Just about the time I'm beginning to think that maybe the whole Rune Grammofon supergroup thing is about to run into a bit of a rut creatively, along comes Elephant9 and kicks me in the sternum and tells me to suck it up. Comprised of Ståle Storløkken (Supersilent, Humcrush) on keyboards, Nikolai Eilertsen (The National Bank) on bass and Torstein Lofthus (Shining) on drums, this power trio makes a heck of a ruckus while blending everything from android funk and psych rock to hard prog and herky-jerky jazz together into one righteous stew.
Oh, and the best part is that it really doesn't sound like anyone else on the label. They're incredibly tight, with much less of an improvisational feel than a lot of the work on the label, and this debut is almost a perfect blend of shorter moments that let you catch your breath and full-throttle instrumental brawling that's among the best stuff I've heard this year. The other big difference is apparent right from the opening track of "Dodovoodoo," and that's that (largely) instead of analogue synths, Storløkken is rocking none other than a Hammond organ and Fender Rhodes this time out. Said opening track finds him on the organ, and the result is an absolutely meaty, organic squeal that blends perfectly with the hard-driving rhythm section to form a massive jazz throw-down that basically thrashes away for five minutes solid, sounding something like Jimmy Smith leading a trio on steroids.
"I Cover The Mountain Top" starts out sounding more like Supersilent, as Storløkken mingles some shimmery synths with sparse drums and bass, but eventually some hard Rhodes blends in as well as the tension ratchets up slowly, morphing from a mellow Herbie Hancock-style number into a latter third that again finds the three unleashing some fury. As mentioned above, there are a few less rambunctious moments, and they hit in the right spots. "Hymne" drops about halfway through the album and basically plays out as the title states, with overlapping organ and synth mixing with some subdued guitar.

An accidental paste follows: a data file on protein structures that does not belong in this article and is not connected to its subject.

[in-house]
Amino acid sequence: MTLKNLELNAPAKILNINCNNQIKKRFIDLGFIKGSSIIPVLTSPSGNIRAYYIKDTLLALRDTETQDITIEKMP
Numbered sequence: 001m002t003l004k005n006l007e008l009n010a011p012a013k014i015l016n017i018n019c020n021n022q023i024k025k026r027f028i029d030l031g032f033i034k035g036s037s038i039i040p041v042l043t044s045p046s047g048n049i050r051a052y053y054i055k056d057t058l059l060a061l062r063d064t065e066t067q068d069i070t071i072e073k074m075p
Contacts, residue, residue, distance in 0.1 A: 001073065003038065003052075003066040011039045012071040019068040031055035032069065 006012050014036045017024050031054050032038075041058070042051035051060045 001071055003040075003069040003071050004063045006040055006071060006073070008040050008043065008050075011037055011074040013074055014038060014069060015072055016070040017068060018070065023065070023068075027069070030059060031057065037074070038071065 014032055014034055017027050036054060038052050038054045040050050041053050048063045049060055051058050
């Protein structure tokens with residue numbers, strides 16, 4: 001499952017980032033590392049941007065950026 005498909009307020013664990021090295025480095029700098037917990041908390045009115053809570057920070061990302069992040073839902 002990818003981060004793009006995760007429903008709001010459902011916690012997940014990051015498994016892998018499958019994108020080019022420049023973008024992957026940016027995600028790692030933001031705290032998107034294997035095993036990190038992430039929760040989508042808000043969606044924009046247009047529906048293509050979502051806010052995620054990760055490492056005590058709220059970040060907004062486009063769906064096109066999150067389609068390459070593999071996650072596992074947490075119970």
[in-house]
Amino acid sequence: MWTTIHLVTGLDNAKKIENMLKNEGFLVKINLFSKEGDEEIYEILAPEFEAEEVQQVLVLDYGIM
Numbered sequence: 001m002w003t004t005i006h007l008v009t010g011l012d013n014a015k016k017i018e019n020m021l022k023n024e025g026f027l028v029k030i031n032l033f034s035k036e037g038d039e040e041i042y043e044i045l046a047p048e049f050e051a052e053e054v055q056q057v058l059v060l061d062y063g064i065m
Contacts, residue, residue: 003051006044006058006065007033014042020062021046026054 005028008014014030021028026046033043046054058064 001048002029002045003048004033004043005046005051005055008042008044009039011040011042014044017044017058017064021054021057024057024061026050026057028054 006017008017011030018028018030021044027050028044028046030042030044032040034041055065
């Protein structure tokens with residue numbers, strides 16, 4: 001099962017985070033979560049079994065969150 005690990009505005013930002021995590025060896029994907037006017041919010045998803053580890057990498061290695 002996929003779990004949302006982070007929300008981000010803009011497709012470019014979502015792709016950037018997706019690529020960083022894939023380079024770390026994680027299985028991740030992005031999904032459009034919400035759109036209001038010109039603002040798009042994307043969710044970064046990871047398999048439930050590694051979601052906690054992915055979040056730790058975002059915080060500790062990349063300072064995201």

I'm not quite sure whether it's the different instruments used or the lineup (probably a bit of each), but Dodovoodoo is easily one of the most fun releases that I've heard on Rune Grammofon in some time and maybe ever. As mentioned above, they're not afraid to keep things a bit more subdued and let them evolve slowly (as they do on the epic "Doctor Honoris Causa"), but they also just sound like they're having a hell of a blast playing together as well. By the time the gut-rumbling "Directions" has closed things out, you'll likely just want to spin it all up again. If you haven't yet delved into the Rune Grammofon catalogue, please start now.